Rio result fails to live up to expectations

-- | 03/08/2018

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Mathew Hodge: I think the key thing is that inflation is really starting to kick in again on the input cost side. We've had a really very favorable period for the mining companies where commodity prices have been rising and costs have been pretty steady. So, they have got nice margin expansion. The market is still expecting margins for Rio Tinto to continue to expand from here. I think this result will put some questions in the minds of investors and of some analysts as to whether that's a reasonable expectation for the future.

What they have done is paid down a lot of debt. But in that sense, they are not alone. The majors globally have all done the same thing. Everyone got a big fright in 2015 when commodity prices turned down and there were concerns that China's structural issues were finally, kind of, coming to a head. China economy has since been stimulated by government spending and infrastructure spending. So, that's kind of been kicked down the road a bit. But in the interim, all the mining companies have cleaned up their balance sheets. So, it's not an issue really for any of the majors. They've all got a lot of cash and a lot of financial capacity at this point in the cycle.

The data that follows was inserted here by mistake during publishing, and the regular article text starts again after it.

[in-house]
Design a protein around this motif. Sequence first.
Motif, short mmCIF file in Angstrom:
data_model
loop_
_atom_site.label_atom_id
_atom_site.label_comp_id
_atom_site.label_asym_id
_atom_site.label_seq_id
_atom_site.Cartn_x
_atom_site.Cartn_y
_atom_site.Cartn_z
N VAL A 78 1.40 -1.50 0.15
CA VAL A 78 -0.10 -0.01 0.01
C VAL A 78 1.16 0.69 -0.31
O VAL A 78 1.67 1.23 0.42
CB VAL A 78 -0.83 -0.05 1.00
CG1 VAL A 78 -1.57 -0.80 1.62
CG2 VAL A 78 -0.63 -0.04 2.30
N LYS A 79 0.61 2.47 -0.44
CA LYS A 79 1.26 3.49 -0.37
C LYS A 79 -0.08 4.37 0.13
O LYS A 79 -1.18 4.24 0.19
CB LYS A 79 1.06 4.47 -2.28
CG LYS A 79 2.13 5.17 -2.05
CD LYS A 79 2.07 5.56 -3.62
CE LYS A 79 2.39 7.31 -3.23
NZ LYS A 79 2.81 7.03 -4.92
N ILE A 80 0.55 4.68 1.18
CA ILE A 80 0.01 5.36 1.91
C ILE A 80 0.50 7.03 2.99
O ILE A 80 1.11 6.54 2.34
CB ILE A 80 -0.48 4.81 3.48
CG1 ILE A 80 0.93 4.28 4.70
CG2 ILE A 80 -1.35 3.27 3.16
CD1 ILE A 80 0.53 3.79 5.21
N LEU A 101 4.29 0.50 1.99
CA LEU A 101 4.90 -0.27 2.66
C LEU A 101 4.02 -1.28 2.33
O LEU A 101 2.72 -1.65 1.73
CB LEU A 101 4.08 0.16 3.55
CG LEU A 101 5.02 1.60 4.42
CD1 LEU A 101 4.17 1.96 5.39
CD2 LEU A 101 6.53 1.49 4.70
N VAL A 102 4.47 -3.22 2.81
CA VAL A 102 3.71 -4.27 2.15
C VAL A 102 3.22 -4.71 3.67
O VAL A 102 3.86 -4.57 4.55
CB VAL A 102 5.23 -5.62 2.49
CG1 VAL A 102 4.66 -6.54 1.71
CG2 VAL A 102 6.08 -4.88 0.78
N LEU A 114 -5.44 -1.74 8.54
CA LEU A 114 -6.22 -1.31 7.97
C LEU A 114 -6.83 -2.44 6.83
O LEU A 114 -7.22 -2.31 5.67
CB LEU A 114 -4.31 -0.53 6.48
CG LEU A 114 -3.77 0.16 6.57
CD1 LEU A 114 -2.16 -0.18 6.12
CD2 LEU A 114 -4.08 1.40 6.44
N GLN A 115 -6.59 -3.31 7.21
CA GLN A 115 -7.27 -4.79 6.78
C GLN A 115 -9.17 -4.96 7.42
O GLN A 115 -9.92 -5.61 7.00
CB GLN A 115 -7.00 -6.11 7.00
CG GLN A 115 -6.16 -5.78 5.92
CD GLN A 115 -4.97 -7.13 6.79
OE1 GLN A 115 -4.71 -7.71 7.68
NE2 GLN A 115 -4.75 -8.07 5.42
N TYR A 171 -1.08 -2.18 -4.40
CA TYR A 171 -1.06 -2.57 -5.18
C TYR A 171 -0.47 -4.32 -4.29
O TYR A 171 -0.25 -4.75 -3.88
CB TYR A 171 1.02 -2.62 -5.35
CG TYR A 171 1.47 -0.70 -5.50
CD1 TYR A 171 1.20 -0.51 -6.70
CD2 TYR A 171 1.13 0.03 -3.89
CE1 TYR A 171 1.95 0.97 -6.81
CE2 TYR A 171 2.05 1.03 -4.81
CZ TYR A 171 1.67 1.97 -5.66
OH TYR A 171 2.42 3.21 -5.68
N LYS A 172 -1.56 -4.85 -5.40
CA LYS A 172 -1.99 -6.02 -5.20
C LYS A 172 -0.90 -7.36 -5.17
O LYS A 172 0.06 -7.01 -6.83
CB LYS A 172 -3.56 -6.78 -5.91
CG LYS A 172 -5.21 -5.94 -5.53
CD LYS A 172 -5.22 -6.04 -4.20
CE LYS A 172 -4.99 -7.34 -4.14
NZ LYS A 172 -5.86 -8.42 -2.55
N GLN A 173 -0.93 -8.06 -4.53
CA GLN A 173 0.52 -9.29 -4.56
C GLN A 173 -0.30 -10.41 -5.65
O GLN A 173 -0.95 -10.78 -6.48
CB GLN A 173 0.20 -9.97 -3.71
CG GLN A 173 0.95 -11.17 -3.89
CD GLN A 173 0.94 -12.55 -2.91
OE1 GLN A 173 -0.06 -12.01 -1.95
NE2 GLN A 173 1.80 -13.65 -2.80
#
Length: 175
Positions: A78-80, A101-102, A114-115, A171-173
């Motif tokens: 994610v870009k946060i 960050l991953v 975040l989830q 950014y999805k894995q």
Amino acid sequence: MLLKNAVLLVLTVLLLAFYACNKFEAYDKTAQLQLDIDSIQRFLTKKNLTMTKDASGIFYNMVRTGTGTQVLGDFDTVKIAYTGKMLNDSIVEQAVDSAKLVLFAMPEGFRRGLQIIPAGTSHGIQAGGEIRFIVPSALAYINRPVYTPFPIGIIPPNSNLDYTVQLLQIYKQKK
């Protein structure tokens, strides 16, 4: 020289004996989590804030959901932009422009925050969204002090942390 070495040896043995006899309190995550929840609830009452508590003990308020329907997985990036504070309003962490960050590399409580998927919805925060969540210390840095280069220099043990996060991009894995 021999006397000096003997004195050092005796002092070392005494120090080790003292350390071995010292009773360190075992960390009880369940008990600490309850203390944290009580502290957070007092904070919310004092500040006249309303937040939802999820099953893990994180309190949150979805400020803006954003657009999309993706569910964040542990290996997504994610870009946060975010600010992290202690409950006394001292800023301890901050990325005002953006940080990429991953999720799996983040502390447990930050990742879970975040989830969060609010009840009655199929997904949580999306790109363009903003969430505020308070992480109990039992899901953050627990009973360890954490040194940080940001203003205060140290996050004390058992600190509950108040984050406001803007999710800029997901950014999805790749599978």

The hardest thing is finding something productive to do with that money. Asset prices are pretty high. If you are looking to make acquisitions, you are making acquisitions pro-cyclically. If you are buying back shares, you are doing that at a time when earnings are good and that's reflected in the share price. So, that's kind of how I see the world.

The other thing that the markets are kind of interested in is the $4 billion of asset sales proceeds that are going to be returned to shareholders where it hasn't decided how it's going to do that yet. It could be special dividend, it could be more buybacks. And I guess, we will wait and see. But there's pros and cons to all of that. As an Australian shareholder, dividends are great if they are fully franked. The shareholders get the benefit of the franking credit. But that's not necessarily the case for the London-listed stock. If they have buybacks, they are buying back the London-listed stock a bit cheaper than the Australian stock. But you are still buying back at a time when external conditions are very good. Ideally, you want to buy back when the markets are – what's baked into the share price is probably pessimistic, and I think, at the moment, we are probably on the optimistic side.

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